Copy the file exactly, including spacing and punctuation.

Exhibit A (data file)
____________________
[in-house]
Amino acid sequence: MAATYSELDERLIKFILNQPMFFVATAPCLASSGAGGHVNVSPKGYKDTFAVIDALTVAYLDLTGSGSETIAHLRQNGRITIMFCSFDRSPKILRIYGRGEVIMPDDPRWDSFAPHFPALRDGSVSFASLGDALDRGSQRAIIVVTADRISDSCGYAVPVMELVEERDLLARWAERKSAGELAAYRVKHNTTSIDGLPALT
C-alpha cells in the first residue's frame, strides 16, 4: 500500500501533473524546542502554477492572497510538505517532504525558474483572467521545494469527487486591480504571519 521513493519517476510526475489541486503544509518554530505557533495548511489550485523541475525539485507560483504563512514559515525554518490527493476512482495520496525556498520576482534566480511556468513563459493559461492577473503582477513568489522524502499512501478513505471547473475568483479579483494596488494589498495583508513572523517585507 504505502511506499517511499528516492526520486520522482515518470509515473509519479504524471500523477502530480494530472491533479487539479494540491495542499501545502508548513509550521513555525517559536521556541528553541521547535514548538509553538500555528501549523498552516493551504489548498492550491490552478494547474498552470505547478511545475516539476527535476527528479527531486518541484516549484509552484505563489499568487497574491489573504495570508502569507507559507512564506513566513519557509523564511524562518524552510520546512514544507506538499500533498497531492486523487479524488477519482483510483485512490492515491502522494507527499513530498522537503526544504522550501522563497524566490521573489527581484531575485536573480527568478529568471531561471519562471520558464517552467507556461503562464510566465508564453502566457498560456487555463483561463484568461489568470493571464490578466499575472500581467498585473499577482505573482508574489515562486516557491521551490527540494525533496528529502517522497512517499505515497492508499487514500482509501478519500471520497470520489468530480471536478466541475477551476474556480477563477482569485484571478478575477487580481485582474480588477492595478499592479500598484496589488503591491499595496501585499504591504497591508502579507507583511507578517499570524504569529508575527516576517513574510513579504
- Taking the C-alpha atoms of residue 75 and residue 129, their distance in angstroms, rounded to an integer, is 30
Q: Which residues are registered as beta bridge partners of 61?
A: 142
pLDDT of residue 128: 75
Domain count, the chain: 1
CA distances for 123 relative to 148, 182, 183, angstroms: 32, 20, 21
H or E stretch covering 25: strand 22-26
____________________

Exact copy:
[in-house]
Amino acid sequence: MAATYSELDERLIKFILNQPMFFVATAPCLASSGAGGHVNVSPKGYKDTFAVIDALTVAYLDLTGSGSETIAHLRQNGRITIMFCSFDRSPKILRIYGRGEVIMPDDPRWDSFAPHFPALRDGSVSFASLGDALDRGSQRAIIVVTADRISDSCGYAVPVMELVEERDLLARWAERKSAGELAAYRVKHNTTSIDGLPALT
C-alpha cells in the first residue's frame, strides 16, 4: 500500500501533473524546542502554477492572497510538505517532504525558474483572467521545494469527487486591480504571519 521513493519517476510526475489541486503544509518554530505557533495548511489550485523541475525539485507560483504563512514559515525554518490527493476512482495520496525556498520576482534566480511556468513563459493559461492577473503582477513568489522524502499512501478513505471547473475568483479579483494596488494589498495583508513572523517585507 504505502511506499517511499528516492526520486520522482515518470509515473509519479504524471500523477502530480494530472491533479487539479494540491495542499501545502508548513509550521513555525517559536521556541528553541521547535514548538509553538500555528501549523498552516493551504489548498492550491490552478494547474498552470505547478511545475516539476527535476527528479527531486518541484516549484509552484505563489499568487497574491489573504495570508502569507507559507512564506513566513519557509523564511524562518524552510520546512514544507506538499500533498497531492486523487479524488477519482483510483485512490492515491502522494507527499513530498522537503526544504522550501522563497524566490521573489527581484531575485536573480527568478529568471531561471519562471520558464517552467507556461503562464510566465508564453502566457498560456487555463483561463484568461489568470493571464490578466499575472500581467498585473499577482505573482508574489515562486516557491521551490527540494525533496528529502517522497512517499505515497492508499487514500482509501478519500471520497470520489468530480471536478466541475477551476474556480477563477482569485484571478478575477487580481485582474480588477492595478499592479500598484496589488503591491499595496501585499504591504497591508502579507507583511507578517499570524504569529508575527516576517513574510513579504
- Taking the C-alpha atoms of residue 75 and residue 129, their distance in angstroms, rounded to an integer, is 30
Q: Which residues are registered as beta bridge partners of 61?
A: 142
pLDDT of residue 128: 75
Domain count, the chain: 1
CA distances for 123 relative to 148, 182, 183, angstroms: 32, 20, 21
H or E stretch covering 25: strand 22-26